Reveley's message on tuition and fees

President Taylor Reveley sent the following message to the campus community on April 27, 2012 - Ed.

Dear William & Mary Community,

          I write about action today by our Board of Visitors regarding undergraduate costs for academic year 2012/13.

          In-state tuition and mandatory fees will increase $438 or 3.3 percent next year.  This is the lowest percentage increase for Virginia undergraduates at William & Mary in more than a decade.  Out-of-state tuition and mandatory fees will increase $1,382 or 3.8 percent.  This, too, is the lowest percentage increase for our students from other parts of the United States and world in seven years.  With the addition of room and board for those undergraduates who live on campus, the total expense in 2012/13 will be $22,888 for in-state students and $46,662 for out-of-state students. 

          W&M is committed to being affordable for its students.  The amount of financial aid we provide has increased significantly in recent years.  The budget for next academic year includes an additional $1.4 million from all sources in need-based aid for undergraduates. This remains a priority at the College. 

          The state budget is still being reviewed by the Governor, but the version approved last week by the General Assembly includes $1.2 million for W&M in new funds to help support ongoing operating expenses.  These funds are very welcome. 

          There are offsetting costs, however, imposed on us by the state budget.  We will lose $339,000 in support of faculty salaries as a result of the end of the state’s support of the Eminent Scholars program.  The university’s obligatory contributions to the Virginia Retirement System and to the state benefits system will increase by approximately $1.3 million.  The General Assembly also provided a 3 percent bonus for state employees (in lieu of a salary increase, which has not been provided for state employees since 2007), if the state meets certain revenue goals by June 30, 2012.  State authorization of the bonus and help in funding it are quite welcome; the state will fund only 30 percent of the bonus for W&M people, leaving 70 percent, or roughly $2.4 million, to come from funds the university must raise.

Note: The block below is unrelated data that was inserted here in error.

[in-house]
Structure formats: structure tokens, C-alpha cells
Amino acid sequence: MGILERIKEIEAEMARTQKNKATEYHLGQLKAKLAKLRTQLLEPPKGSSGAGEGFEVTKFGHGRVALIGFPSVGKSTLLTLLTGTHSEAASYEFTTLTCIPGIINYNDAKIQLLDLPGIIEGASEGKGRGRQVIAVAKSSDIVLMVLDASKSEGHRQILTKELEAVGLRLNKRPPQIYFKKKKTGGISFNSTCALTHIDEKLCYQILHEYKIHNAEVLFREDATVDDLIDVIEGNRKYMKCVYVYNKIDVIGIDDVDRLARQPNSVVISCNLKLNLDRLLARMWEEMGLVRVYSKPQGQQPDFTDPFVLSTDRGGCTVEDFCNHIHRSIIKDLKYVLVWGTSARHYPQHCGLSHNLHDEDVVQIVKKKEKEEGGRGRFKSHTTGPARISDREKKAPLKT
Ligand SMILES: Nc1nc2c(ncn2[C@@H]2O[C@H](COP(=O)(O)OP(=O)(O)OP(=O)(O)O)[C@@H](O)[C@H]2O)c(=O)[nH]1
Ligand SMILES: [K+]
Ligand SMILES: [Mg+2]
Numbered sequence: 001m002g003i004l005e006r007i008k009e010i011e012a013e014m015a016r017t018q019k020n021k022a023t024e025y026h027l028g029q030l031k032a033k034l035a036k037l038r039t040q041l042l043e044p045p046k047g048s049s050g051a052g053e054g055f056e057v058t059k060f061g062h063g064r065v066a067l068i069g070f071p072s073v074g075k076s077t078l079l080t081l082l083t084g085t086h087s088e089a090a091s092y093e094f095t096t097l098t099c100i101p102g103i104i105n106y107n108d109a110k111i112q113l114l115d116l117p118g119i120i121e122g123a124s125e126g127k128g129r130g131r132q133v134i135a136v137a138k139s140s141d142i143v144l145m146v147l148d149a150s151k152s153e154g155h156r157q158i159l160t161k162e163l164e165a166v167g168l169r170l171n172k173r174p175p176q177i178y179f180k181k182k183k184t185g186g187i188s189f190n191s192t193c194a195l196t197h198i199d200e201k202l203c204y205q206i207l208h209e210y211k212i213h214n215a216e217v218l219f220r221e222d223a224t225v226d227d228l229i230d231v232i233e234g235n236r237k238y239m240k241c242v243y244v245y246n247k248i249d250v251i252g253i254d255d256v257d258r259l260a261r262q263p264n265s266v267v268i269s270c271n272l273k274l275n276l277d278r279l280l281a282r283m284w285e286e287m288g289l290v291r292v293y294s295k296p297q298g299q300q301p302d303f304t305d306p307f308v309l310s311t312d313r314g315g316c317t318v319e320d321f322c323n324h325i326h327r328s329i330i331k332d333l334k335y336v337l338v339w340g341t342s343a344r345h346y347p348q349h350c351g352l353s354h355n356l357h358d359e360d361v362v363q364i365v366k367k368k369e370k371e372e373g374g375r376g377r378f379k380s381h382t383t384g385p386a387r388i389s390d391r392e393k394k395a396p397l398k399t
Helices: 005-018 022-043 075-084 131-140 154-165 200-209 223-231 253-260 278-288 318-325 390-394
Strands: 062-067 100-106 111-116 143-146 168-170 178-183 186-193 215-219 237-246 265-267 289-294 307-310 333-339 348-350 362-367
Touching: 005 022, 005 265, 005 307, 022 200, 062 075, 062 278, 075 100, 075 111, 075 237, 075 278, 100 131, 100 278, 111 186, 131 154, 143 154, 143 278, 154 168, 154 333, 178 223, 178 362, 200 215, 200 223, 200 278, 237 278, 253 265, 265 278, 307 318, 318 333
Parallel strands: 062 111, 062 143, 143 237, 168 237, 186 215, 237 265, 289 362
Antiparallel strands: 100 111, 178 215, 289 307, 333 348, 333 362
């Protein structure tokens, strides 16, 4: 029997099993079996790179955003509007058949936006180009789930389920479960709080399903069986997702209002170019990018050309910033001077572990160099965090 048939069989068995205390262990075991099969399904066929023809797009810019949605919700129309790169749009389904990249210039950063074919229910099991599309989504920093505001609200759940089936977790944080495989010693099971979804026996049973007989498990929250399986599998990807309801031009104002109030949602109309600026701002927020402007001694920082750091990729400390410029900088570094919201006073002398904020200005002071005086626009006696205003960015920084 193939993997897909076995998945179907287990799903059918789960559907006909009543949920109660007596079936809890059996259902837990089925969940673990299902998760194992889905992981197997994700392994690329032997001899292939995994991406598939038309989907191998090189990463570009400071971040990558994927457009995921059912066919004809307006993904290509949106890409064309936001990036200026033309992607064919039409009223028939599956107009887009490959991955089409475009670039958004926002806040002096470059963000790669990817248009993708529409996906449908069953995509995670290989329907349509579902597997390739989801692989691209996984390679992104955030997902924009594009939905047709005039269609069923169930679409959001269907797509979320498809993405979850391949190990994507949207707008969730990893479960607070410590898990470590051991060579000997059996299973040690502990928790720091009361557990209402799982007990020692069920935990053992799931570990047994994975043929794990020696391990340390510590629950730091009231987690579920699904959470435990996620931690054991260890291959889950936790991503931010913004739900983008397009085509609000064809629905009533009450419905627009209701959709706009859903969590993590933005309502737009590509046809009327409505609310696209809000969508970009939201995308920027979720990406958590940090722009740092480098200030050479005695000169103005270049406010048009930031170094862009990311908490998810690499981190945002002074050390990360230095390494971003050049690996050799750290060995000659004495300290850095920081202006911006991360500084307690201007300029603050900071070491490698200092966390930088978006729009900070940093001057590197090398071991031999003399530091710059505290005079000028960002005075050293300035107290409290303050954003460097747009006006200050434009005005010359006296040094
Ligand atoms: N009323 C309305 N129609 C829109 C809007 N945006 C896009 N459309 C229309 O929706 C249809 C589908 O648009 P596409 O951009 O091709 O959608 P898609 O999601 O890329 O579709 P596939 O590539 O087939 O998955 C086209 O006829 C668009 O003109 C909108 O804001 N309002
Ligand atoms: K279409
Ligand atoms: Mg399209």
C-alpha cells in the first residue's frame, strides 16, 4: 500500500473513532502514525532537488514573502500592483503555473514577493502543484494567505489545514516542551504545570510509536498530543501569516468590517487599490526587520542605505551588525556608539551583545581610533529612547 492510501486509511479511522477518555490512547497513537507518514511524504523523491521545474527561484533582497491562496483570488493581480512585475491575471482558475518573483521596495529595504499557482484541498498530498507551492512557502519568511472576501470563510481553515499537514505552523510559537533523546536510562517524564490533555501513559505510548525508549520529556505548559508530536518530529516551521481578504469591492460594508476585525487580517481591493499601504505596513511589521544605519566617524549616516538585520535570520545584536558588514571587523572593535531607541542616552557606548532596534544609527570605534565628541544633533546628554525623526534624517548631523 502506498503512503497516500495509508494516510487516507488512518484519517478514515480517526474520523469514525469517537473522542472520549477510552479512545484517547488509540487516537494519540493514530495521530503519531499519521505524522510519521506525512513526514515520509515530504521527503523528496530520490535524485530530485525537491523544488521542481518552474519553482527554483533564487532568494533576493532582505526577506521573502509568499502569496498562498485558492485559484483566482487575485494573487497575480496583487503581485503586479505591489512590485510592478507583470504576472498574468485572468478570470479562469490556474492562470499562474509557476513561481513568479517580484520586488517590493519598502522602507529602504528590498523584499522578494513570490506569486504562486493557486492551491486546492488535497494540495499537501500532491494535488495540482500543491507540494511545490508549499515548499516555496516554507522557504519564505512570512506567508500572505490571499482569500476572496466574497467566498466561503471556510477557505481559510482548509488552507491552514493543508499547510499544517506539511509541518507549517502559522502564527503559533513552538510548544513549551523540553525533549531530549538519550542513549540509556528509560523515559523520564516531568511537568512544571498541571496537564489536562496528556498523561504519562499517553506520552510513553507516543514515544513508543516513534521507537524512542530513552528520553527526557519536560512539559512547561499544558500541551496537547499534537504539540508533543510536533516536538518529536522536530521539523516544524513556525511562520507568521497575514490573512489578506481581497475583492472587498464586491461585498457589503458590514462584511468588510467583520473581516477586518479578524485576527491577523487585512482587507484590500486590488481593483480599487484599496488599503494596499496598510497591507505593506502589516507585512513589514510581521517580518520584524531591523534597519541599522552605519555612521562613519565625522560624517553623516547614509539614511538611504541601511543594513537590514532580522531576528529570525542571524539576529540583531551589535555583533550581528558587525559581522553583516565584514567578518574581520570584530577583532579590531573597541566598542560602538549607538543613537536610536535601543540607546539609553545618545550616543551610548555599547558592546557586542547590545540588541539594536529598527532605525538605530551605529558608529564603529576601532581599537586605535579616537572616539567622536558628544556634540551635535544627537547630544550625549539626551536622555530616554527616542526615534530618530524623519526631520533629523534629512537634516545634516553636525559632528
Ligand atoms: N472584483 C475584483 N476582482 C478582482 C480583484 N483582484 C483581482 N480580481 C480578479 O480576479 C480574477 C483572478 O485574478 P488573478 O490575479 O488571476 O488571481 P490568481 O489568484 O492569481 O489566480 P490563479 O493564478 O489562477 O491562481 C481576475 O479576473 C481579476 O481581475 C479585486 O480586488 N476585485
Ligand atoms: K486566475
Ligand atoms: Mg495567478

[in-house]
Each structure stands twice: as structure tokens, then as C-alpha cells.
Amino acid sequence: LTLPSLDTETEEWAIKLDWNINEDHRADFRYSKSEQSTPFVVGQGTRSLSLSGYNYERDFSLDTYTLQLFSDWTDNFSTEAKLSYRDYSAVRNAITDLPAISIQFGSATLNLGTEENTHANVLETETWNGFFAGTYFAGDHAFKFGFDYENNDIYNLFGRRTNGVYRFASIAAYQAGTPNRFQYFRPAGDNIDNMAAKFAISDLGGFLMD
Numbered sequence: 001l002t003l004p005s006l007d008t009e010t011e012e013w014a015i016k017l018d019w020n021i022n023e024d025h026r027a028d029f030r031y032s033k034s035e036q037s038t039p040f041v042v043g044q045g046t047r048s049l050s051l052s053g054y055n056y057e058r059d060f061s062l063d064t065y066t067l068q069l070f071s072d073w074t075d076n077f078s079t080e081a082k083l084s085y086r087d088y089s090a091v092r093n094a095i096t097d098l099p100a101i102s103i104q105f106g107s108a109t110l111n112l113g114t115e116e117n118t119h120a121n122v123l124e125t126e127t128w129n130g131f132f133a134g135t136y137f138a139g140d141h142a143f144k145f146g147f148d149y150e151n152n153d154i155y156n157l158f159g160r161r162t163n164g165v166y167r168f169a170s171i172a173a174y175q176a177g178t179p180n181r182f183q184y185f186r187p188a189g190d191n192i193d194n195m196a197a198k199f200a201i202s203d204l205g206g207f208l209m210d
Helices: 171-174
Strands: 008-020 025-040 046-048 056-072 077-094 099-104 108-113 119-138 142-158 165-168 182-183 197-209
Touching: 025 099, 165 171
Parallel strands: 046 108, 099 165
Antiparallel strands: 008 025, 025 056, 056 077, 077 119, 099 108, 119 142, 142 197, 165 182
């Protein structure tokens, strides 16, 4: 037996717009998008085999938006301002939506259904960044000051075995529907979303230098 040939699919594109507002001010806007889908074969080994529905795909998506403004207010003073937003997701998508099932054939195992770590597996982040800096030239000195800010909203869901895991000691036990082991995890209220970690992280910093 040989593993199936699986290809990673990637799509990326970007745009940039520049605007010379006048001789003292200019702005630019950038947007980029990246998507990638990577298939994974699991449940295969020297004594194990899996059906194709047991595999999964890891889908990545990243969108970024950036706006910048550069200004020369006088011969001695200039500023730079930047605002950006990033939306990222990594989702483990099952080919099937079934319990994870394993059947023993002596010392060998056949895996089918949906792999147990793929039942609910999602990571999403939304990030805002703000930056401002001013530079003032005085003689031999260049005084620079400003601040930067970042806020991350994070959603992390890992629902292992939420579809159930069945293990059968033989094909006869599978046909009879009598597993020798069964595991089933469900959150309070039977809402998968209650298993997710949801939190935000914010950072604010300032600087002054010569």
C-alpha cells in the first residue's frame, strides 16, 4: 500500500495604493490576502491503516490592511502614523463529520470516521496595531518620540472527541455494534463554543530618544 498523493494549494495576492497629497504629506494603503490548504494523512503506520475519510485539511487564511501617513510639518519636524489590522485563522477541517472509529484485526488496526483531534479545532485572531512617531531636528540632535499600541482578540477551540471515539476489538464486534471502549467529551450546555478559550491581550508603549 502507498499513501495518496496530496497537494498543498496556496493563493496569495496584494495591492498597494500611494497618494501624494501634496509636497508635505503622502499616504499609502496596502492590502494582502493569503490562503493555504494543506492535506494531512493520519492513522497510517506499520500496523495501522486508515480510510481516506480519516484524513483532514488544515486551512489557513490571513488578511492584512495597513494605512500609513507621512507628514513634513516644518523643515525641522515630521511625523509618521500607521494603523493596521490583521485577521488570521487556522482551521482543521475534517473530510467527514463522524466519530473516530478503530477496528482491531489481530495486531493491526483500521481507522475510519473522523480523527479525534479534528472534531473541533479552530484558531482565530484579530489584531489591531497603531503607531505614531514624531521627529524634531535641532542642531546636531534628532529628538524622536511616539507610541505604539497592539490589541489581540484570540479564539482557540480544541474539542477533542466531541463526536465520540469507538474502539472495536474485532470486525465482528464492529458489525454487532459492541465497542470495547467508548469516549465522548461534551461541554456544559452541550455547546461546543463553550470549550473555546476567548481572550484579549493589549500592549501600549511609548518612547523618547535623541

William & Mary has been working hard to become even more cost-effective than the College now is, and we are already the most efficient of the leading national universities.   According to U.S. News and World Report the gap between William & Mary’s financial resources and the College’s quality is by far the largest among the top 50 national universities.  We have made significant progress in becoming even more cost-effective through a series of innovation and reallocation activities, and we continue to work hard to these ends on both the administrative and academic sides of the College.  For example, our budget for next fiscal year includes $2.6 million in reallocations that will allow us to shift current funds to higher priorities, including the acute need for a return to faculty and staff salary increases.  

          The budget approved by the General Assembly last week provides much needed help with construction and renovation projects on campus.  State support of bricks and mortar at William & Mary has been very important in recent years.  On the operating side of the budget, while we do value the renewed operating support we have received from the state for 2012/13, the reality remains that state support now constitutes less than 13% of the funds required to operate the university.   

 Taking into account all that’s noted above, William & Mary will be able to make meaningful if limited progress on our six-year plan.  There is much more to be done.  A solid financial foundation for William & Mary ultimately hinges on our own efforts.  Our financial future will turn on (1) our capacity to keep delivering teaching and research of extraordinary excellence, (2) our capacity to be simultaneously excellent and cost-effective, (3) our capacity to build powerful lifelong ties with William & Mary’s alumni and thereby take philanthropic giving to the College to “private Ivy” levels of participation and generosity, and (4) our capacity to generate more earned income based on the College’s strength in the market for applicants and its standing among national universities. 

          We will continue to do our level best to ensure the academic excellence of this venerable university and to get the highest possible return from the resources entrusted to us.

 

                                                                                                         Cordially,

                                                                                                         Taylor Reveley